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What is a Workers' Rights Bill?

By: Chris Hogan MSc - Updated: 6 May 2015 | comments*Discuss
 
Workers Workers Rights Union Minimum

A workers' rights bill doesn’t refer to any specific Act of Parliament but more to any Act which comes through government that has a beneficial impact on the rights of workers. An example might be the bill that introduced the Minimum Wage into the United Kingdom.

Throughout the 19th and 20th centuries successive workers' rights bills gave more and more rights to workers and the trend was only reversed in the 1980s and 1990s. This was when Conservative governments of the time used the law to erode workers' rights in an attempt to break the Power Of The Unions.

Private Members Bill for Workers' Rights

A worker's rights bill can be originated by any MP, although they are usually initiated by someone with a cabinet seat. There is a process known as a private member's bill for a back-bencher to try to get a bill passed through Parliament and turned into an Act of Parliament. A recent example of this was a private member's bill introduced by Paul Farrelly, the Labour MP for Newcastle-under-Lyme.

His bill would have given agency workers new rights to sick pay, holidays, pensions and equal wages with permanent staff. Agency workers, many of them migrants but also often domestic workers, have significantly fewer rights and hiring agency workers is perceived by unions as a way for companies to exploit labour, paying less than the minimum wage to save on costs. Five of the big unions and the Trades Union Congress (TUC) backed the bill.

This bill was talked out of the house by Jim Fitzpatrick, the minister for employment relations. This is a tactic whereby someone on can effectively kill a bill because there are time limits set on discussion periods, and if those time limits expire, the bill is dead.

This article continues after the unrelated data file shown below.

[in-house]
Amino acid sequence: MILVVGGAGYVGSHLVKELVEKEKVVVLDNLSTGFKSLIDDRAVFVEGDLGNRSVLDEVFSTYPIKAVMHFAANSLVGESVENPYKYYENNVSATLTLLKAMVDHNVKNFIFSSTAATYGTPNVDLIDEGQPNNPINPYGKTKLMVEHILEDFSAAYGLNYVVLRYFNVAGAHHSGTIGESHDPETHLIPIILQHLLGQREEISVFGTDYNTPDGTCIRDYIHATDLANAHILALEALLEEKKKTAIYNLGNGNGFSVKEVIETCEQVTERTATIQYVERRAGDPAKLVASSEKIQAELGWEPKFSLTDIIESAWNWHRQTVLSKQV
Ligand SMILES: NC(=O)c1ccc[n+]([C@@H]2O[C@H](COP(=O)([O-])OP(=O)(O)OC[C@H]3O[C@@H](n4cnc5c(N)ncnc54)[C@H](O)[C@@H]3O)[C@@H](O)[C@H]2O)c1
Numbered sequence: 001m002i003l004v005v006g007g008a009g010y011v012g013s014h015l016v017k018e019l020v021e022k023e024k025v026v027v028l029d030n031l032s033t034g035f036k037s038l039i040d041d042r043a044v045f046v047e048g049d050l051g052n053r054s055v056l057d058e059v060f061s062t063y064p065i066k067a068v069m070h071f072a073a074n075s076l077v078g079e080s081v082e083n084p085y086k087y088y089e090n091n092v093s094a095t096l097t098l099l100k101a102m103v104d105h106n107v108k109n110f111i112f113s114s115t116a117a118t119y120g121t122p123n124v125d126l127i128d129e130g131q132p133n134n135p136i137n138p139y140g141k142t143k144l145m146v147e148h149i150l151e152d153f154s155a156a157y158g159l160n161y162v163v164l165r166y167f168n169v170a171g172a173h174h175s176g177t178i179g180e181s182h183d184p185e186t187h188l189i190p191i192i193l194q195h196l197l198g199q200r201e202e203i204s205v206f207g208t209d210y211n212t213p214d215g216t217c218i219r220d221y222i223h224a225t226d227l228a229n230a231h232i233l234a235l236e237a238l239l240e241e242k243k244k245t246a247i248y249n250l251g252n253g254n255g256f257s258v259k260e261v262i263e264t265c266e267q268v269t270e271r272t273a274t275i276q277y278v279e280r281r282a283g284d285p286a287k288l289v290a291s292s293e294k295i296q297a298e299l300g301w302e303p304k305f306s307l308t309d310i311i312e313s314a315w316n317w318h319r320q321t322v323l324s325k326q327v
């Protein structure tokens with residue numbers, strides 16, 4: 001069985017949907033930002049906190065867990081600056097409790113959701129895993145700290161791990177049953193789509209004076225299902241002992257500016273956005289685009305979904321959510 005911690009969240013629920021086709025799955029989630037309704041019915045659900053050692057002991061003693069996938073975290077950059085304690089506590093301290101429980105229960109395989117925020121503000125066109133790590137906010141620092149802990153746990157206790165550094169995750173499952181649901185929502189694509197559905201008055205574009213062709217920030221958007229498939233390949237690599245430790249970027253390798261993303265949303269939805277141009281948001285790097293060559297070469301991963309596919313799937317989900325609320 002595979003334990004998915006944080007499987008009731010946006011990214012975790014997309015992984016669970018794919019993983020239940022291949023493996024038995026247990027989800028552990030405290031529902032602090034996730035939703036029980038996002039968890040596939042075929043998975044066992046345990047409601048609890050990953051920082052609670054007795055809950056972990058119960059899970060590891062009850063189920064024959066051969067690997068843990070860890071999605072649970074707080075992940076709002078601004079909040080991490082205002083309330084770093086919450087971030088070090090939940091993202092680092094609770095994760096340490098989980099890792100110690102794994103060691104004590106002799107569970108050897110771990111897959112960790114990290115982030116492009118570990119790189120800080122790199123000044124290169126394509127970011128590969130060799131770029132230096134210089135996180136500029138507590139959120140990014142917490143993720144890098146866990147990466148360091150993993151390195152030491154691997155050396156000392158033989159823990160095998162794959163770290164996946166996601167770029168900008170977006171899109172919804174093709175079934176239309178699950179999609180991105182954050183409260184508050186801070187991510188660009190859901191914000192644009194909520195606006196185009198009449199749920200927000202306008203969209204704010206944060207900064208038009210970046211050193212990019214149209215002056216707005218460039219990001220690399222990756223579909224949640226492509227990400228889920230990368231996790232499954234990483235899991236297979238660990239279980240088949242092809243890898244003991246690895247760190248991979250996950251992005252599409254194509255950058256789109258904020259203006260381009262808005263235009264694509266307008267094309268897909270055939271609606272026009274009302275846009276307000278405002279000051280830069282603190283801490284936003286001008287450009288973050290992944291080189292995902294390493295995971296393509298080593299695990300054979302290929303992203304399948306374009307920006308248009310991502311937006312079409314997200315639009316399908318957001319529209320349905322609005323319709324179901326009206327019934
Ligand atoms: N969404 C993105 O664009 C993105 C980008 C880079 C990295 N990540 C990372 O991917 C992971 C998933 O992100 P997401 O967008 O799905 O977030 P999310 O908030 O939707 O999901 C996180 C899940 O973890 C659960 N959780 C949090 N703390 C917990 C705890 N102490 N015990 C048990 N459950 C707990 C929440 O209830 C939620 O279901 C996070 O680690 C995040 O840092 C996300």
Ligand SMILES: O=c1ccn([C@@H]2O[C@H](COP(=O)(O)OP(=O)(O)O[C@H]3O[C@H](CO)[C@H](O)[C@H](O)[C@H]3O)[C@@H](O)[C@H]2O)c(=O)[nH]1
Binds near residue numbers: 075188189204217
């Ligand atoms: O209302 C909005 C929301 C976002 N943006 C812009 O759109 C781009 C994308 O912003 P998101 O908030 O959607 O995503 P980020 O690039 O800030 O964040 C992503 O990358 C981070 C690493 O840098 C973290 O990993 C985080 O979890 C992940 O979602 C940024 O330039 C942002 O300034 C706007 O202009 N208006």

New Domestic Political Initiative on the Workers Front

The concept survived though, and another private member's bill, this time initiated by Andrew Miller, MP for Ellesmere Port and Neston, re-introduced the idea. The bill was called the Temporary and Agency Workers (Equal Treatment) bill and was voted past Parliament in February 2008. Renamed the EU Temporary and Agency Workers Directive will come into force on 1 October 2011.

However, bodies representing employers, particularly those representing small businesses, fear that the increased costs and administration overheads of complying with the bill may force certain small businesses out of business. Another problem was caused by IT and engineering agency workers, who would be severely disadvantaged by going onto equal pay as permanent staff members, as they are usually paid significantly more. This was resolved by an amendment to the bill excluding professional IT contractors and similar people.

Can't Do Right for Doing Wrong

All this goes to show that introducing any bill that tries to improve the lot of certain groups of workers will often find opposition, and sometimes from the workers it is aiming to protect, not just the employers. This was very true of the minimum wage requirement when it was first introduced, another initiative that shows the complexity of the domestic political machine when it comes to dealing with workers rights.

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@gar - you would have to give Acas a call and talk it through with one of its advisors. You can do this via the link here . I hope this helps.
WorkingRights - 7-May-15 @ 11:37 AM
I have been dismissed for gross mis-conduct and was provided with statements before my hearing, however during the hearing my employer referred to a statement I had not had access to before the hearing, do I have a case to appeal on these grounds?
gar - 6-May-15 @ 1:37 PM
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